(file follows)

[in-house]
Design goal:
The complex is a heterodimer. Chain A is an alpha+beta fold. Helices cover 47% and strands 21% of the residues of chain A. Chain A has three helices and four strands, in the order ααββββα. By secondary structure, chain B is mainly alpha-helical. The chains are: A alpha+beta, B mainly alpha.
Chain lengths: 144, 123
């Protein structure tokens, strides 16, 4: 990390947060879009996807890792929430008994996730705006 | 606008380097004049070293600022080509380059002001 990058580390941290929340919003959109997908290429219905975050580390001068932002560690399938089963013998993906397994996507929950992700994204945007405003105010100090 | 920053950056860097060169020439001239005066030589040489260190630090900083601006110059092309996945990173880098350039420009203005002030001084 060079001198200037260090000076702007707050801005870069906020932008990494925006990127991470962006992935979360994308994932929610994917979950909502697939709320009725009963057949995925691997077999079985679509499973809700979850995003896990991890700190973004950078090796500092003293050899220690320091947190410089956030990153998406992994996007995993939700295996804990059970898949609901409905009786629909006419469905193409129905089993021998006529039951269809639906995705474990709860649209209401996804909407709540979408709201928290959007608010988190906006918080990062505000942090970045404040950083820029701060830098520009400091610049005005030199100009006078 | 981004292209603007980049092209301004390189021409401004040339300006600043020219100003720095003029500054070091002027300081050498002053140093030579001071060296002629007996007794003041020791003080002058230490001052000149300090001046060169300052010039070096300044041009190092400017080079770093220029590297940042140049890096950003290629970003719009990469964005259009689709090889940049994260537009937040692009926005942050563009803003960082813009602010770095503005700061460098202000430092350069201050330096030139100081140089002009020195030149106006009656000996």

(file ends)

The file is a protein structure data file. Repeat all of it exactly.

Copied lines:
[in-house]
Design goal:
The complex is a heterodimer. Chain A is an alpha+beta fold. Helices cover 47% and strands 21% of the residues of chain A. Chain A has three helices and four strands, in the order ααββββα. By secondary structure, chain B is mainly alpha-helical. The chains are: A alpha+beta, B mainly alpha.
Chain lengths: 144, 123
């Protein structure tokens, strides 16, 4: 990390947060879009996807890792929430008994996730705006 | 606008380097004049070293600022080509380059002001 990058580390941290929340919003959109997908290429219905975050580390001068932002560690399938089963013998993906397994996507929950992700994204945007405003105010100090 | 920053950056860097060169020439001239005066030589040489260190630090900083601006110059092309996945990173880098350039420009203005002030001084 060079001198200037260090000076702007707050801005870069906020932008990494925006990127991470962006992935979360994308994932929610994917979950909502697939709320009725009963057949995925691997077999079985679509499973809700979850995003896990991890700190973004950078090796500092003293050899220690320091947190410089956030990153998406992994996007995993939700295996804990059970898949609901409905009786629909006419469905193409129905089993021998006529039951269809639906995705474990709860649209209401996804909407709540979408709201928290959007608010988190906006918080990062505000942090970045404040950083820029701060830098520009400091610049005005030199100009006078 | 981004292209603007980049092209301004390189021409401004040339300006600043020219100003720095003029500054070091002027300081050498002053140093030579001071060296002629007996007794003041020791003080002058230490001052000149300090001046060169300052010039070096300044041009190092400017080079770093220029590297940042140049890096950003290629970003719009990469964005259009689709090889940049994260537009937040692009926005942050563009803003960082813009602010770095503005700061460098202000430092350069201050330096030139100081140089002009020195030149106006009656000996």